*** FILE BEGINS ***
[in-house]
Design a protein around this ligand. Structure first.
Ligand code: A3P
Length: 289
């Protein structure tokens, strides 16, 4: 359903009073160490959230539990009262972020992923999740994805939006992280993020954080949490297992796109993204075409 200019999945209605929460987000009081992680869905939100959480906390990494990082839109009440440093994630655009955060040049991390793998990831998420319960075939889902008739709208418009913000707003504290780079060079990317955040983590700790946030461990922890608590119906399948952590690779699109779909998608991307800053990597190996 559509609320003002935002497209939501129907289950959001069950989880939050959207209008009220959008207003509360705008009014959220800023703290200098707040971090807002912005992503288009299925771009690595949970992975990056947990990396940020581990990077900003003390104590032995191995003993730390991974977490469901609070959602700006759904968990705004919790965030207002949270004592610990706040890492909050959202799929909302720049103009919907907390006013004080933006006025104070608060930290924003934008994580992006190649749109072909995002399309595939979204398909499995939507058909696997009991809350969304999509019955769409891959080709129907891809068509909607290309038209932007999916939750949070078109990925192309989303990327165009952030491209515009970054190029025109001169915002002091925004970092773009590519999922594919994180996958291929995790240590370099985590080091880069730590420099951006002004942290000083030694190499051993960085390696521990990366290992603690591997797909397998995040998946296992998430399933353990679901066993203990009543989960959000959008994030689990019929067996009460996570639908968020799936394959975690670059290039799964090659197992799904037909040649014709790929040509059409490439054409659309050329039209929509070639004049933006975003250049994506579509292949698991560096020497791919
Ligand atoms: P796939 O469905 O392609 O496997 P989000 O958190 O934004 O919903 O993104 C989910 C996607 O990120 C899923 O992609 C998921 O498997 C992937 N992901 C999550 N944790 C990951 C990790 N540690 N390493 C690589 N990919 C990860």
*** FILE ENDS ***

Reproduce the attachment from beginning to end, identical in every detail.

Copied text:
[in-house]
Design a protein around this ligand. Structure first.
Ligand code: A3P
Length: 289
């Protein structure tokens, strides 16, 4: 359903009073160490959230539990009262972020992923999740994805939006992280993020954080949490297992796109993204075409 200019999945209605929460987000009081992680869905939100959480906390990494990082839109009440440093994630655009955060040049991390793998990831998420319960075939889902008739709208418009913000707003504290780079060079990317955040983590700790946030461990922890608590119906399948952590690779699109779909998608991307800053990597190996 559509609320003002935002497209939501129907289950959001069950989880939050959207209008009220959008207003509360705008009014959220800023703290200098707040971090807002912005992503288009299925771009690595949970992975990056947990990396940020581990990077900003003390104590032995191995003993730390991974977490469901609070959602700006759904968990705004919790965030207002949270004592610990706040890492909050959202799929909302720049103009919907907390006013004080933006006025104070608060930290924003934008994580992006190649749109072909995002399309595939979204398909499995939507058909696997009991809350969304999509019955769409891959080709129907891809068509909607290309038209932007999916939750949070078109990925192309989303990327165009952030491209515009970054190029025109001169915002002091925004970092773009590519999922594919994180996958291929995790240590370099985590080091880069730590420099951006002004942290000083030694190499051993960085390696521990990366290992603690591997797909397998995040998946296992998430399933353990679901066993203990009543989960959000959008994030689990019929067996009460996570639908968020799936394959975690670059290039799964090659197992799904037909040649014709790929040509059409490439054409659309050329039209929509070639004049933006975003250049994506579509292949698991560096020497791919
Ligand atoms: P796939 O469905 O392609 O496997 P989000 O958190 O934004 O919903 O993104 C989910 C996607 O990120 C899923 O992609 C998921 O498997 C992937 N992901 C999550 N944790 C990951 C990790 N540690 N390493 C690589 N990919 C990860």